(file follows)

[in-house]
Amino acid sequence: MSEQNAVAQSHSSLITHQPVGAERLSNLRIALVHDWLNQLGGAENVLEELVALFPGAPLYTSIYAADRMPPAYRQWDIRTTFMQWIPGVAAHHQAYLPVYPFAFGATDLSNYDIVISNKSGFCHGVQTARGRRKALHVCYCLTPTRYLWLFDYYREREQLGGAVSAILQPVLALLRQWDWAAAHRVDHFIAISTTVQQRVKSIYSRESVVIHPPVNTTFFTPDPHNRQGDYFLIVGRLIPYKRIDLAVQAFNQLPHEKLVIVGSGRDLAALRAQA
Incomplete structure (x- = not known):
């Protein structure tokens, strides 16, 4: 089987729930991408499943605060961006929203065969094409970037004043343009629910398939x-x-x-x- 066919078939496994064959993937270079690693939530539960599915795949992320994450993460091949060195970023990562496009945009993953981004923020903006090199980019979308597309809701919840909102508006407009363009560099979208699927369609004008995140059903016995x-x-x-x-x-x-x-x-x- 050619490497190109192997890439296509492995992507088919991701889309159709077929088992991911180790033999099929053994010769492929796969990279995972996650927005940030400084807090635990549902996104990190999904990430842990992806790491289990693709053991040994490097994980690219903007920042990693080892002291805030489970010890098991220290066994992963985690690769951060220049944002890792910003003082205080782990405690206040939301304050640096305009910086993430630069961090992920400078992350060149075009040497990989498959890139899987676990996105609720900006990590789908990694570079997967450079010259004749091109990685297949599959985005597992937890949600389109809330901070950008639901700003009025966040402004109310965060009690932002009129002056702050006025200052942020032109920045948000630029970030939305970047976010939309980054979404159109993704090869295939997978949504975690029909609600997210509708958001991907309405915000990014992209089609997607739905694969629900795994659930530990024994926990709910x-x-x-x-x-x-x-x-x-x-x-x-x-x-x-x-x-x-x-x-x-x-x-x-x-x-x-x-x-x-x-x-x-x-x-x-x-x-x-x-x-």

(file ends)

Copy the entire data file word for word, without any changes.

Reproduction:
[in-house]
Amino acid sequence: MSEQNAVAQSHSSLITHQPVGAERLSNLRIALVHDWLNQLGGAENVLEELVALFPGAPLYTSIYAADRMPPAYRQWDIRTTFMQWIPGVAAHHQAYLPVYPFAFGATDLSNYDIVISNKSGFCHGVQTARGRRKALHVCYCLTPTRYLWLFDYYREREQLGGAVSAILQPVLALLRQWDWAAAHRVDHFIAISTTVQQRVKSIYSRESVVIHPPVNTTFFTPDPHNRQGDYFLIVGRLIPYKRIDLAVQAFNQLPHEKLVIVGSGRDLAALRAQA
Incomplete structure (x- = not known):
């Protein structure tokens, strides 16, 4: 089987729930991408499943605060961006929203065969094409970037004043343009629910398939x-x-x-x- 066919078939496994064959993937270079690693939530539960599915795949992320994450993460091949060195970023990562496009945009993953981004923020903006090199980019979308597309809701919840909102508006407009363009560099979208699927369609004008995140059903016995x-x-x-x-x-x-x-x-x- 050619490497190109192997890439296509492995992507088919991701889309159709077929088992991911180790033999099929053994010769492929796969990279995972996650927005940030400084807090635990549902996104990190999904990430842990992806790491289990693709053991040994490097994980690219903007920042990693080892002291805030489970010890098991220290066994992963985690690769951060220049944002890792910003003082205080782990405690206040939301304050640096305009910086993430630069961090992920400078992350060149075009040497990989498959890139899987676990996105609720900006990590789908990694570079997967450079010259004749091109990685297949599959985005597992937890949600389109809330901070950008639901700003009025966040402004109310965060009690932002009129002056702050006025200052942020032109920045948000630029970030939305970047976010939309980054979404159109993704090869295939997978949504975690029909609600997210509708958001991907309405915000990014992209089609997607739905694969629900795994659930530990024994926990709910x-x-x-x-x-x-x-x-x-x-x-x-x-x-x-x-x-x-x-x-x-x-x-x-x-x-x-x-x-x-x-x-x-x-x-x-x-x-x-x-x-």